Intel was one of the most active companies at CES 2021, announcing no fewer than four new families of processors. Among them was 12th-gen desktop chips, codenamed 'Alder Lake'.

It was an unusual move from Intel, given that 11th-gen the 11th-gen 'Rocket Lake' chips hadn't launched at the time. However, the inclusion of mobile chips means Alder Lake can be seen more as the true successor to 2020's Tiger Lake. Here's what you can expect from the next generation of Intel silicon. 

Intel Alder Lake (12th-gen) release date

At the company's CES press conference and in an official newsroom post, Intel revealed that the Alder Lake chips will be due "in (the) second half of 2021". That's anytime from July onwards, but a more specific release date isn't yet known. 

However, during a webcast, the company has since confirmed that its 'Intel Innovation' event will take place on 27-28 October. CEO Pat Gelsinger used the phrase 'fully hybrid' when talking about the event - that's probably referring to Alder Lake's hybrid technology. On 6 October, Intel Executive VP Gregory M Bryant hinted that 12th-gen chips were "coming soon" in a tweet.

Of course, you might not able to buy the new CPUs straight away - VideoCardz is suggesting they won't be available to buy until December 2021. Wccftech is suggesting slightly earlier, so they may go on sale in November 2021 instead. A subsequent Wccftech article suggests that desktop chips will go on sale from 19 November 2021.

However, there's a chance we'll have to wait until CES 2022 (scheduled for January) for the regular CPUs. An article from German tech site Igor's Lab suggests that only the enthusiast-focused K and KF processors will arrive in 2021, alongside the Z690 chip for motherboards. That means we'll have to wait a bit longer for everyday Alder Lake CPUs, with the delayed development of PCIe 5.0 believed to be the reason for the hold-up.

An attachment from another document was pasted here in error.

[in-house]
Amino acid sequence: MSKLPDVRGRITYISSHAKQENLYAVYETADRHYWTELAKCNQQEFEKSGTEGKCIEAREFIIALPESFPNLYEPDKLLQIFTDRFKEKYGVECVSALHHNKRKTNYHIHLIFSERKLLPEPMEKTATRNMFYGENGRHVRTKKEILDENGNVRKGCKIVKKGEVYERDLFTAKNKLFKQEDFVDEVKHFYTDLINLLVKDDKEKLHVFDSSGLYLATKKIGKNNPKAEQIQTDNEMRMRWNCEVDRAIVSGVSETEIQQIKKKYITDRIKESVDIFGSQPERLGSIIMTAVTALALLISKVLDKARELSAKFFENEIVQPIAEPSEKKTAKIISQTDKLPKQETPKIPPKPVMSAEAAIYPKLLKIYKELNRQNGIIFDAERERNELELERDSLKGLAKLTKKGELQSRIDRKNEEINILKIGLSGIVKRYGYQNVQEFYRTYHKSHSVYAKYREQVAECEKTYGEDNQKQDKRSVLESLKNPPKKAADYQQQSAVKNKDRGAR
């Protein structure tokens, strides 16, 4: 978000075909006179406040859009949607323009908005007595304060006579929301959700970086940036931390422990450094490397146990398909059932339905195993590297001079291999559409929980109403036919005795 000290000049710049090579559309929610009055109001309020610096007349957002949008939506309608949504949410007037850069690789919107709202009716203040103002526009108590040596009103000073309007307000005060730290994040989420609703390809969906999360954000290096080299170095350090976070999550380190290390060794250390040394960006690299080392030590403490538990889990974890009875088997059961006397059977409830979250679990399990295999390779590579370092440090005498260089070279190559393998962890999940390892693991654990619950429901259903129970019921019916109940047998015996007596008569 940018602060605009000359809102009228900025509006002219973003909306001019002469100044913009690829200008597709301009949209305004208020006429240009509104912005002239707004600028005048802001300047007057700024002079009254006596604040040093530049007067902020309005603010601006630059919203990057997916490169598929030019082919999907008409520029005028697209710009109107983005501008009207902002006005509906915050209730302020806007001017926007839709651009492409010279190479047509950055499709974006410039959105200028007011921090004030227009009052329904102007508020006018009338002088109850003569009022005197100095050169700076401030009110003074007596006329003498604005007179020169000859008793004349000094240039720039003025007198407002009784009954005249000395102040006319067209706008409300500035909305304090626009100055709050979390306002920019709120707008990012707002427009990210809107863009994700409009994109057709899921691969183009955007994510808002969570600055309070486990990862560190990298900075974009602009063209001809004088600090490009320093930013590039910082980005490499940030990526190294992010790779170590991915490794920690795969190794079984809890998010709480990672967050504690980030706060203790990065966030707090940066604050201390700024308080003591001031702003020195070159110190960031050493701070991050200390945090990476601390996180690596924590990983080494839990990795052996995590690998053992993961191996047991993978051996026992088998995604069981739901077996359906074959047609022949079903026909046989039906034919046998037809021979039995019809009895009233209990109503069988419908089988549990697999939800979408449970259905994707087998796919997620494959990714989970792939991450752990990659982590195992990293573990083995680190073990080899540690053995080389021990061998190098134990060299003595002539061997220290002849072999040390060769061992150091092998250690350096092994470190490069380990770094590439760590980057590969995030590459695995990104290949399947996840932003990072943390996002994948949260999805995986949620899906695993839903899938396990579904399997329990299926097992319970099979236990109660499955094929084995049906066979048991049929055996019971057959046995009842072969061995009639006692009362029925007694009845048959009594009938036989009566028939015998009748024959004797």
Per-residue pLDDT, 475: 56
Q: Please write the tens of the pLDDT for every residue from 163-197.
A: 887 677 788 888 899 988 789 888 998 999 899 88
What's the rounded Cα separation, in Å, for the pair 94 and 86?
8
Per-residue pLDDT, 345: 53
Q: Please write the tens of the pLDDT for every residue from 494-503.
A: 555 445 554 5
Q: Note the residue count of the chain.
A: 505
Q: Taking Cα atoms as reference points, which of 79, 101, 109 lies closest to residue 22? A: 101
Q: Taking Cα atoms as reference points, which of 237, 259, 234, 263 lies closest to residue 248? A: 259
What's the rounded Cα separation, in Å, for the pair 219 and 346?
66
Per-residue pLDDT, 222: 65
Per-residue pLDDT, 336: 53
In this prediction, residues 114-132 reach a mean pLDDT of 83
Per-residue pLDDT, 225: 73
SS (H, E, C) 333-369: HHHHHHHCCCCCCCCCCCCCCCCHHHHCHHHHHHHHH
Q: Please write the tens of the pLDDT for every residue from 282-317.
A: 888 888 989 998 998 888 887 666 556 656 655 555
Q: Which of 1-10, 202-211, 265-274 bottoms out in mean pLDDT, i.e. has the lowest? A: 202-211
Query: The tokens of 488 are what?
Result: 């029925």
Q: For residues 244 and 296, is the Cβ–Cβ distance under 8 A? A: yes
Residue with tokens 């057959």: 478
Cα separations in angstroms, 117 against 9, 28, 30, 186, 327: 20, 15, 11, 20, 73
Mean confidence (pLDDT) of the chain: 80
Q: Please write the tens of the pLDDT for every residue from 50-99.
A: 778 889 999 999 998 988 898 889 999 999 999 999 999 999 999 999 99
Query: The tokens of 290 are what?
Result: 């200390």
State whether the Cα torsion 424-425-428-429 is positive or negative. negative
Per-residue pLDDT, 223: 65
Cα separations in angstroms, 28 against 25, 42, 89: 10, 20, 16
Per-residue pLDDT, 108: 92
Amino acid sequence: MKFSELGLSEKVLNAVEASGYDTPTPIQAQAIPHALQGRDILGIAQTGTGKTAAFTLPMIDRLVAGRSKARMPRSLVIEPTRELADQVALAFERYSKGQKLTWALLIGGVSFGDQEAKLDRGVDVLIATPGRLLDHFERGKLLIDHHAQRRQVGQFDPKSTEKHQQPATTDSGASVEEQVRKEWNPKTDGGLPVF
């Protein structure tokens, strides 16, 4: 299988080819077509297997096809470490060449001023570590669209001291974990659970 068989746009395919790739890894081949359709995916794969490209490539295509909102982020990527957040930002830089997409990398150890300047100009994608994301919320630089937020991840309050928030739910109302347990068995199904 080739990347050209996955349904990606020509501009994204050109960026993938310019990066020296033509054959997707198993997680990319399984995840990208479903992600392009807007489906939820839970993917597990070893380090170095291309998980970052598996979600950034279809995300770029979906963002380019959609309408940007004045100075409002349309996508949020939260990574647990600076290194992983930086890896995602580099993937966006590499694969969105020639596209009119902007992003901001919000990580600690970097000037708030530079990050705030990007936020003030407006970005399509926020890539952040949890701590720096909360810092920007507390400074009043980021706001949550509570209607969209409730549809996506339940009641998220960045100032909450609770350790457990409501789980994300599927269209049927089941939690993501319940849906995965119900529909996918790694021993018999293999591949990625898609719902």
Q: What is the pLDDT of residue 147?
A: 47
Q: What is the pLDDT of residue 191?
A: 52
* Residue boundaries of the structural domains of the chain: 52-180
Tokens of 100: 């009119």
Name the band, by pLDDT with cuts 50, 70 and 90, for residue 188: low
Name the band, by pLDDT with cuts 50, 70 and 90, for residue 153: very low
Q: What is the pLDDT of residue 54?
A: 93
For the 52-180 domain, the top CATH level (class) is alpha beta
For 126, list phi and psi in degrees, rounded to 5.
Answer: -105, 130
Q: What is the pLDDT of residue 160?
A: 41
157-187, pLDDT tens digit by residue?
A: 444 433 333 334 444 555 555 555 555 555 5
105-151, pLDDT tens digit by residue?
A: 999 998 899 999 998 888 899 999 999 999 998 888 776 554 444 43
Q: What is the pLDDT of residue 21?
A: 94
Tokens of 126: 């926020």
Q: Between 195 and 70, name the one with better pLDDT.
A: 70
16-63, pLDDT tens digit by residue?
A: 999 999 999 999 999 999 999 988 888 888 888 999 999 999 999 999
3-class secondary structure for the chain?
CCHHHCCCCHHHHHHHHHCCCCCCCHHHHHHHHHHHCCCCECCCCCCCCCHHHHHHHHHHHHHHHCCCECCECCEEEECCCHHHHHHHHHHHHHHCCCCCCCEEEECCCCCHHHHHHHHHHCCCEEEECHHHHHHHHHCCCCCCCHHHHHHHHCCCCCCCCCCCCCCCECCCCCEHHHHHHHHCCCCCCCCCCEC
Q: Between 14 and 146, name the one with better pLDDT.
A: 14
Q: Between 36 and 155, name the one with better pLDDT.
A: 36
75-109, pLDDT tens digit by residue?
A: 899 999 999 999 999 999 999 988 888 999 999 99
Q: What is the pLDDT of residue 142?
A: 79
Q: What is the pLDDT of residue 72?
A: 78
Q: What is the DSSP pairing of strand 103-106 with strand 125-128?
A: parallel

Intel Alder Lake (12th-gen) price

Price is usually one of the last things to be revealed, so it's no surprise that there's not much news in this area. The recommended pricing of the current 'Comet Lake' CPUs give a rough indication of how much you can expect to pay:

  • Core i7-10710U – US$443 (approx. £325)
  • Core i7-10510U – US$409 (approx. £300)
  • Core i5-10210U – US$297 (approx. £220)
  • Core i3-10110U – US$281 (approx. £205)

Intel also the Alder Lake CPUs as "a significant breakthrough", suggesting there may be a price increase. We're expecting Alder Lake mobile chips, too, but these are designed to be integrated into devices and so dependent on manufacturer pricing.

However, a Reddit post from user Seby9123 shows what looks very much like the top-spec Core i9-12900K - it's priced at US$610 (approx. £440), up from US$539 for the equivalent Rocket Lake chip. 

How will Alder Lake and Rocket Lake desktop chips differ?

The key difference will be target market, which shapes how the chips are designed. As Intel itself says, Rocket Lake chips will be primarily aimed at gamers and PC enthusiasts who want the absolute best performance on offer - but it'll likely have a price to match.

Alder Lake looks like it'll take a different approach, in order to appeal more to everyday consumers. Unlike Rocket Lake, it looks to focus just as much on power efficiency as performance, "combining high-performance cores and high-efficiency cores into a single product". The latter should lead to big improvements in battery life, so long as there aren't wholesale changes to the rest of the chip. 

Sound familiar? ARM-based processors have historically sacrificed slightly on performance in order to maximise power efficiency, although Apple's M1 chip suggests it may be possible to have the best of both worlds.

With AMD and Microsoft both exploring ARM-based CPUs too, it's no surprise that Intel wants a piece of the action. Alder Lake doesn't quite fall into the same category, but it's clear the company sees a future in this type of chip.